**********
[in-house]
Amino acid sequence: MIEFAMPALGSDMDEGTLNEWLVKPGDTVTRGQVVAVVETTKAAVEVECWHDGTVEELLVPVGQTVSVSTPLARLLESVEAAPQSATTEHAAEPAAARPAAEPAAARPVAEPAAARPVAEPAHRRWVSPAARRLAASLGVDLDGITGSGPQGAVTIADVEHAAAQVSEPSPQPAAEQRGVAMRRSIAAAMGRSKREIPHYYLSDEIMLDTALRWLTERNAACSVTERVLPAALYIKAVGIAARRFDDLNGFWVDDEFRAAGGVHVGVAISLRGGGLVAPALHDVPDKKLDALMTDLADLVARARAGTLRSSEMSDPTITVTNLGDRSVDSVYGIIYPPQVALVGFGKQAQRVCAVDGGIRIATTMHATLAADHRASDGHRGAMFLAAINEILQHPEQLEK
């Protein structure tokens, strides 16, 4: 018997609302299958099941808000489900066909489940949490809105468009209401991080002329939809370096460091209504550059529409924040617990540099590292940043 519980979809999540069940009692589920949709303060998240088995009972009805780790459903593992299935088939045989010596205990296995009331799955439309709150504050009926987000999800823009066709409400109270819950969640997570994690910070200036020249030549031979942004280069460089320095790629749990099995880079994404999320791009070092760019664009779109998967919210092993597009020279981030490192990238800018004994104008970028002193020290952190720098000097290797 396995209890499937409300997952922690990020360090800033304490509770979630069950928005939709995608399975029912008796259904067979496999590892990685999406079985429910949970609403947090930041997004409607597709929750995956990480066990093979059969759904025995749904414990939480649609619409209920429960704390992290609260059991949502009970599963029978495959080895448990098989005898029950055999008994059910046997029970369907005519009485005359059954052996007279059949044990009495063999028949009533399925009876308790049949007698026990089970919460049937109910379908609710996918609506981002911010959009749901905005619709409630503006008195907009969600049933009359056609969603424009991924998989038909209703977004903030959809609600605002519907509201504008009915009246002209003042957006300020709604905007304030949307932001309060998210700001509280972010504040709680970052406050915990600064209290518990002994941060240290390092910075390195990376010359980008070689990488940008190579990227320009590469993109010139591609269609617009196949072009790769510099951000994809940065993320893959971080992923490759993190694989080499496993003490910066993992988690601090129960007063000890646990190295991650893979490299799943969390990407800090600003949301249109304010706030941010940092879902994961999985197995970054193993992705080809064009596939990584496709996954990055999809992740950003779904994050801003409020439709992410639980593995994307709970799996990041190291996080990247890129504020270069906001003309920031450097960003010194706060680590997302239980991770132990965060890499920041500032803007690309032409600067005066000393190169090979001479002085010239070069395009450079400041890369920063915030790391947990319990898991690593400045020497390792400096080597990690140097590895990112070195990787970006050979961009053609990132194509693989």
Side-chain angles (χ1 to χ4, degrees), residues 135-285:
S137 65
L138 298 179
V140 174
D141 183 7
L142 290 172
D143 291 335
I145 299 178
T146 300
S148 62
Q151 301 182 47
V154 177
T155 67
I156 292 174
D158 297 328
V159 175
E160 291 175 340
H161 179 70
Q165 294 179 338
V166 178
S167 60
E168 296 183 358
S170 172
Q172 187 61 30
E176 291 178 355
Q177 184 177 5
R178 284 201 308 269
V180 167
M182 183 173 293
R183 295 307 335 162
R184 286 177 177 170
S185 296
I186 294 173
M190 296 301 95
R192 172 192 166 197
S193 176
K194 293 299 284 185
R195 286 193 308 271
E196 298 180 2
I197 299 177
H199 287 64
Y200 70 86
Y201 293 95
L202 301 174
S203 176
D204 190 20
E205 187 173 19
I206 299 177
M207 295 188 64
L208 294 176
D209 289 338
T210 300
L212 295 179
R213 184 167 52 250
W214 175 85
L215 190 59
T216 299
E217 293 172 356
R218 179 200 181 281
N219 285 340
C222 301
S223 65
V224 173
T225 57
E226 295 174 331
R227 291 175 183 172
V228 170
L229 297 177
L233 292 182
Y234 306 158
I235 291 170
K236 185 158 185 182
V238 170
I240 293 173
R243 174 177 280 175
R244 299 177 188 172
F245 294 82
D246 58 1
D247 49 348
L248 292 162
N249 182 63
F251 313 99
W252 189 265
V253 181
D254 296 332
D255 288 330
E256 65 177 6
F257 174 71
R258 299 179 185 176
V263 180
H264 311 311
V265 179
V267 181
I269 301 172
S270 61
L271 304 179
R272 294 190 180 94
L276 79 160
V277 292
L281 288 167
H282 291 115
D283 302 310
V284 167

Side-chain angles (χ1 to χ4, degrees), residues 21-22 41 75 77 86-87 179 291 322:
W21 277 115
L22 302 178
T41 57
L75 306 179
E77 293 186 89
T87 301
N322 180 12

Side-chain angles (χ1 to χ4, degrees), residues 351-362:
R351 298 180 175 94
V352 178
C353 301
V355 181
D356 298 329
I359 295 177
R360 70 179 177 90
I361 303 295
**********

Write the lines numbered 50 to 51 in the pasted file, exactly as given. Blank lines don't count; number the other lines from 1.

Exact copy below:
E205 187 173 19
I206 299 177